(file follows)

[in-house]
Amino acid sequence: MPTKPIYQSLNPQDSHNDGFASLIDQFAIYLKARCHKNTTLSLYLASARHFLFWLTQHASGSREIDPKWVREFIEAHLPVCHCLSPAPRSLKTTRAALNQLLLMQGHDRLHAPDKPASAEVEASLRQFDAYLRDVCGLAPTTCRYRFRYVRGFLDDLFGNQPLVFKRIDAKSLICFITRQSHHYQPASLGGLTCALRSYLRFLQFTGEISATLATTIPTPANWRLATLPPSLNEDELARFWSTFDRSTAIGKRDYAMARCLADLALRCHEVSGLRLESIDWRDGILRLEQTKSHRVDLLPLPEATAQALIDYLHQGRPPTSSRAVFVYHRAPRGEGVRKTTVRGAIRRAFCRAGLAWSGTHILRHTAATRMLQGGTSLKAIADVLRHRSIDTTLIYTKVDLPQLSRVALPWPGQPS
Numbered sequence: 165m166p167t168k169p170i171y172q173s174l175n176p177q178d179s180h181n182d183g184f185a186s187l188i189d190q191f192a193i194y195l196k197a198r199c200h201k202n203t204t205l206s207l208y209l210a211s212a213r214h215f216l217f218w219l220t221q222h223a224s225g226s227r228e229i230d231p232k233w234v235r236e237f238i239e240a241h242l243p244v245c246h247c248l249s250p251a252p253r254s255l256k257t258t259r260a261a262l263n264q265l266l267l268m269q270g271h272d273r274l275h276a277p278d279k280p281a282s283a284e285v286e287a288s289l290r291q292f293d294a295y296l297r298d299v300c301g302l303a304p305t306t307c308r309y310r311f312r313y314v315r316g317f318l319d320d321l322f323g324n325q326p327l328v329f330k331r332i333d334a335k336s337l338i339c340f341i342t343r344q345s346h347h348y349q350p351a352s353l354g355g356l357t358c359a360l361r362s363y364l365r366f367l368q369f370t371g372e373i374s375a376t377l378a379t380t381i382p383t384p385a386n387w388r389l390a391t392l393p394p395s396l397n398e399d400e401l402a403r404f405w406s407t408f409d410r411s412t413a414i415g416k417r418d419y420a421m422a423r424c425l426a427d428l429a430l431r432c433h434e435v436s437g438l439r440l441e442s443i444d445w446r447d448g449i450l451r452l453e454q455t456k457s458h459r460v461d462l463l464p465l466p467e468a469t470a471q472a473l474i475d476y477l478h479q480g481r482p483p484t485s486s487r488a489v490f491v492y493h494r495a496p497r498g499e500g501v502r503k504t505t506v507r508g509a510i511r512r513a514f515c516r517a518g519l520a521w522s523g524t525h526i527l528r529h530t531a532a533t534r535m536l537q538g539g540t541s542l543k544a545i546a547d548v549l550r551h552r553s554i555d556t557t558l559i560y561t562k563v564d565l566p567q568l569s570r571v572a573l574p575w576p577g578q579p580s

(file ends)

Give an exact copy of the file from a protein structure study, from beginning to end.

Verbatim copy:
[in-house]
Amino acid sequence: MPTKPIYQSLNPQDSHNDGFASLIDQFAIYLKARCHKNTTLSLYLASARHFLFWLTQHASGSREIDPKWVREFIEAHLPVCHCLSPAPRSLKTTRAALNQLLLMQGHDRLHAPDKPASAEVEASLRQFDAYLRDVCGLAPTTCRYRFRYVRGFLDDLFGNQPLVFKRIDAKSLICFITRQSHHYQPASLGGLTCALRSYLRFLQFTGEISATLATTIPTPANWRLATLPPSLNEDELARFWSTFDRSTAIGKRDYAMARCLADLALRCHEVSGLRLESIDWRDGILRLEQTKSHRVDLLPLPEATAQALIDYLHQGRPPTSSRAVFVYHRAPRGEGVRKTTVRGAIRRAFCRAGLAWSGTHILRHTAATRMLQGGTSLKAIADVLRHRSIDTTLIYTKVDLPQLSRVALPWPGQPS
Numbered sequence: 165m166p167t168k169p170i171y172q173s174l175n176p177q178d179s180h181n182d183g184f185a186s187l188i189d190q191f192a193i194y195l196k197a198r199c200h201k202n203t204t205l206s207l208y209l210a211s212a213r214h215f216l217f218w219l220t221q222h223a224s225g226s227r228e229i230d231p232k233w234v235r236e237f238i239e240a241h242l243p244v245c246h247c248l249s250p251a252p253r254s255l256k257t258t259r260a261a262l263n264q265l266l267l268m269q270g271h272d273r274l275h276a277p278d279k280p281a282s283a284e285v286e287a288s289l290r291q292f293d294a295y296l297r298d299v300c301g302l303a304p305t306t307c308r309y310r311f312r313y314v315r316g317f318l319d320d321l322f323g324n325q326p327l328v329f330k331r332i333d334a335k336s337l338i339c340f341i342t343r344q345s346h347h348y349q350p351a352s353l354g355g356l357t358c359a360l361r362s363y364l365r366f367l368q369f370t371g372e373i374s375a376t377l378a379t380t381i382p383t384p385a386n387w388r389l390a391t392l393p394p395s396l397n398e399d400e401l402a403r404f405w406s407t408f409d410r411s412t413a414i415g416k417r418d419y420a421m422a423r424c425l426a427d428l429a430l431r432c433h434e435v436s437g438l439r440l441e442s443i444d445w446r447d448g449i450l451r452l453e454q455t456k457s458h459r460v461d462l463l464p465l466p467e468a469t470a471q472a473l474i475d476y477l478h479q480g481r482p483p484t485s486s487r488a489v490f491v492y493h494r495a496p497r498g499e500g501v502r503k504t505t506v507r508g509a510i511r512r513a514f515c516r517a518g519l520a521w522s523g524t525h526i527l528r529h530t531a532a533t534r535m536l537q538g539g540t541s542l543k544a545i546a547d548v549l550r551h552r553s554i555d556t557t558l559i560y561t562k563v564d565l566p567q568l569s570r571v572a573l574p575w576p577g578q579p580s